At the end of the review stage, the author will consolidate all feedback and incorporate it in a final version and check it in. Now the document is ready for approval
Note: A reviewer also becomes a contributor by default. A contributor of a document can check-out/lock and check-in a document. The full capabilities to progress the document through it's life-cycle (such as submitting for approval ...) are limited to the author or owners of the document.
Approving a document
The approval of a document consists of the internal approval, followed by the customer acceptance. The approval capability provided by DCP can handle both at once. First it will seek approval from the invited Cisco employees after which it will seek document acceptance from the invited Customer contacts. Again here, only the Author or an Owner of the document can submit the document for an approval.
During the approval process, the document version will change to 1.0 and the status will go through following states :
Internal approval pending
Internal approved (or internal rejected)
Customer acceptance pending
Customer accepted (or customer rejected)
From the approval stage on, from the moment that you submit a document for approval, the status will change automatically and doesn't need to be managed by the author or owner. It is DCP that drives the status through the full approval stage.
Once the document gets fully accepted by the customer, it can be further published to additional customer contacts.
If in step 2 or 4 the document gets rejected, the document has to go back to the review stage. The author will have to understand why the document was rejected, incorporate the necessary changes and go again through a review and full approval.
To do so, the author (or owner) will upload one or more new version(s) with changes incorporated. The status will automatically revert to 'draft' and the version number will show 1.1, 1.2 ... The major digit showing '1' indicates that the document already went through 1 approval cycle, even if it was rejected. This is important for audit purposes.
At any time, the version number reveals a good portion of the history of the document. E.g. version 2.3 indicates that the document already went through 2 approval cycles and since the last approval cycle, 3 additional versions were uploaded. DCP provides capability to review the full history of a document. This is explained in a separate article.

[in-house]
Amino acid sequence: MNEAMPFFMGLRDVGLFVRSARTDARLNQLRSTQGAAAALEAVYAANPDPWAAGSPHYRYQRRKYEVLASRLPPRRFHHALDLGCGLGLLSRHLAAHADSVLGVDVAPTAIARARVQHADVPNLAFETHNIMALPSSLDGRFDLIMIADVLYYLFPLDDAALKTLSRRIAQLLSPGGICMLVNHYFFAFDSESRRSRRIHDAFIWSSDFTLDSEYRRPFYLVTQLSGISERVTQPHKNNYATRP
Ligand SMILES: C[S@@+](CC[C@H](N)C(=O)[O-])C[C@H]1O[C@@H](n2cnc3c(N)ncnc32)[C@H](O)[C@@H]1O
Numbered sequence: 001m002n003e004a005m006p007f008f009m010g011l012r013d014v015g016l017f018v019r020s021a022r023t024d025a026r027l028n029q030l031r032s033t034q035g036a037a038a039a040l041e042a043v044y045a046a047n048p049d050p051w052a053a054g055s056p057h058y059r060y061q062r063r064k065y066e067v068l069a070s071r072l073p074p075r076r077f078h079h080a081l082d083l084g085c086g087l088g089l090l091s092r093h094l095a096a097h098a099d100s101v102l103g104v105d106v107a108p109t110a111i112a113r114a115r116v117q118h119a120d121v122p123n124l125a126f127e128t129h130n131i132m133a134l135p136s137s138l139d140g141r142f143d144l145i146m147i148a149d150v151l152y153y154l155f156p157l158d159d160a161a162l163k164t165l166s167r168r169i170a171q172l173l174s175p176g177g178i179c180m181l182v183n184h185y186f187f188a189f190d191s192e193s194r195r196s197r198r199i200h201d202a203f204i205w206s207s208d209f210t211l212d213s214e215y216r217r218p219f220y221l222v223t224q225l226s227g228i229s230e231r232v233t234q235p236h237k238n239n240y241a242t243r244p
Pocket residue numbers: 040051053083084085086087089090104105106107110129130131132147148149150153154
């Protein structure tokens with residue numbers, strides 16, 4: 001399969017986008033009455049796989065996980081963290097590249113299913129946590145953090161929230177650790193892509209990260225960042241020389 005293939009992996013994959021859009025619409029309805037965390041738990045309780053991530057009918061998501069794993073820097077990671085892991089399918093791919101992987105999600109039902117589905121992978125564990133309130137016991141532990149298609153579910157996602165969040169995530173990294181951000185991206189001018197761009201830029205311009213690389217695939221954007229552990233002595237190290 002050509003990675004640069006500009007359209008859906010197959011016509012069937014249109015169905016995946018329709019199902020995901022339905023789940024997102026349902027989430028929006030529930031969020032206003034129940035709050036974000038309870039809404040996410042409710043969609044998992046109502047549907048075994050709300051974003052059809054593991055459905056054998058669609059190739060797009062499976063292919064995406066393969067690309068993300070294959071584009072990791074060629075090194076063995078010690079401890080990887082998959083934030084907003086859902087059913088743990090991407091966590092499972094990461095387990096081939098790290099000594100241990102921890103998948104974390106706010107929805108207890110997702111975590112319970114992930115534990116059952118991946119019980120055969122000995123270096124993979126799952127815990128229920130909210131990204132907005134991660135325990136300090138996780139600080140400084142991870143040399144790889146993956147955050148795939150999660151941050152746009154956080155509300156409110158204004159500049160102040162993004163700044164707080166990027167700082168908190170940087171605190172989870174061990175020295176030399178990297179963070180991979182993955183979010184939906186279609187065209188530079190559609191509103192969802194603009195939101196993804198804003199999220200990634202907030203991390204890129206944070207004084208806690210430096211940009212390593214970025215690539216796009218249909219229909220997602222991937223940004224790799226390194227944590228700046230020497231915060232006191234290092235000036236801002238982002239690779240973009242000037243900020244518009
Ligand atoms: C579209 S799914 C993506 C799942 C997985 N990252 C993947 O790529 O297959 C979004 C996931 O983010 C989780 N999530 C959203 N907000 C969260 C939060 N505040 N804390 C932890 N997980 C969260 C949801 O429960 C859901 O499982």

More details on the approval cycle is provided in its respective article.
Publishing a document
Once that the document is customer accepted it is possible to further publish the document to additional customer contacts. The customer contacts that where invited for the document acceptance have the document already published to them. But at this stage you can add additional customer contacts. Only the customer contacts that are listed in the publishing setting will be able to see the document listed and will be able to download the document. Publishing is limited to Cisco employees and if you as a customer want to ensure the document is available to other contacts, you will have to work with a Cisco employee that is listed as owner or author of the document. This is further explained in a separate article.
Archiving and Purging a document
Like with every content management system, documents have an active life-time after which these get archived and eventually will get hard deleted (purged) from the servers. The archiving of a document is defaulted to 2 years after the last modification of a document. This can both be a new version uploaded or changing any of its properties. The archive period of 2 years can be changed in the properties of a document. Archived documents are hidden from listings but can still be retrieved and restored if necessary.
Purging a document is system driven and is defined per the Cisco Enterprise Records Information Management (ERIM) policies. The Cisco Records Retention Schedule for DCP documents is as follows:
Retention period if linked to Project
Retention period if not linked to Project
10 years after project finished
10 years after project finished
10 years after last modified date
5 years after project finished
5 years after last modified date
1 year after project finished
1 year after last modified date
A monthly job will calculate which documents are due purging.
Both for archiving as for the purging a notification is sent upfront to the author and owner(s) of the document .